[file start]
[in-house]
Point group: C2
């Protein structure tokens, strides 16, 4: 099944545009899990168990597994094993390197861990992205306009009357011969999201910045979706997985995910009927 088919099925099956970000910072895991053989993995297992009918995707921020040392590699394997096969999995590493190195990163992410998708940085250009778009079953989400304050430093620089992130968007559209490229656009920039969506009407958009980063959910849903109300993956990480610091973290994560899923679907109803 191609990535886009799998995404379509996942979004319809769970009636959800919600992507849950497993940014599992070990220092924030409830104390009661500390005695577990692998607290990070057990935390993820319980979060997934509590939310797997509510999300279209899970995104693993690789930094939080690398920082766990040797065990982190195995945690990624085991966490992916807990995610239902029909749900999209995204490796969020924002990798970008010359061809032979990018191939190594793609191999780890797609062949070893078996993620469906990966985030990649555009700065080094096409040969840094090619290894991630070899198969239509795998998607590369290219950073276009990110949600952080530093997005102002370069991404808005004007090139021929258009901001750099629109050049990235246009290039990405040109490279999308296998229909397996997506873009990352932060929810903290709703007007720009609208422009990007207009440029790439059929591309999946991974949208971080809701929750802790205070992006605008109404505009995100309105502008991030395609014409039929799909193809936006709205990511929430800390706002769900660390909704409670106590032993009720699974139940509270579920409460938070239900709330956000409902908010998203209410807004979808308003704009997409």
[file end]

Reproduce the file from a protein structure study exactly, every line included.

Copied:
[in-house]
Point group: C2
């Protein structure tokens, strides 16, 4: 099944545009899990168990597994094993390197861990992205306009009357011969999201910045979706997985995910009927 088919099925099956970000910072895991053989993995297992009918995707921020040392590699394997096969999995590493190195990163992410998708940085250009778009079953989400304050430093620089992130968007559209490229656009920039969506009407958009980063959910849903109300993956990480610091973290994560899923679907109803 191609990535886009799998995404379509996942979004319809769970009636959800919600992507849950497993940014599992070990220092924030409830104390009661500390005695577990692998607290990070057990935390993820319980979060997934509590939310797997509510999300279209899970995104693993690789930094939080690398920082766990040797065990982190195995945690990624085991966490992916807990995610239902029909749900999209995204490796969020924002990798970008010359061809032979990018191939190594793609191999780890797609062949070893078996993620469906990966985030990649555009700065080094096409040969840094090619290894991630070899198969239509795998998607590369290219950073276009990110949600952080530093997005102002370069991404808005004007090139021929258009901001750099629109050049990235246009290039990405040109490279999308296998229909397996997506873009990352932060929810903290709703007007720009609208422009990007207009440029790439059929591309999946991974949208971080809701929750802790205070992006605008109404505009995100309105502008991030395609014409039929799909193809936006709205990511929430800390706002769900660390909704409670106590032993009720699974139940509270579920409460938070239900709330956000409902908010998203209410807004979808308003704009997409």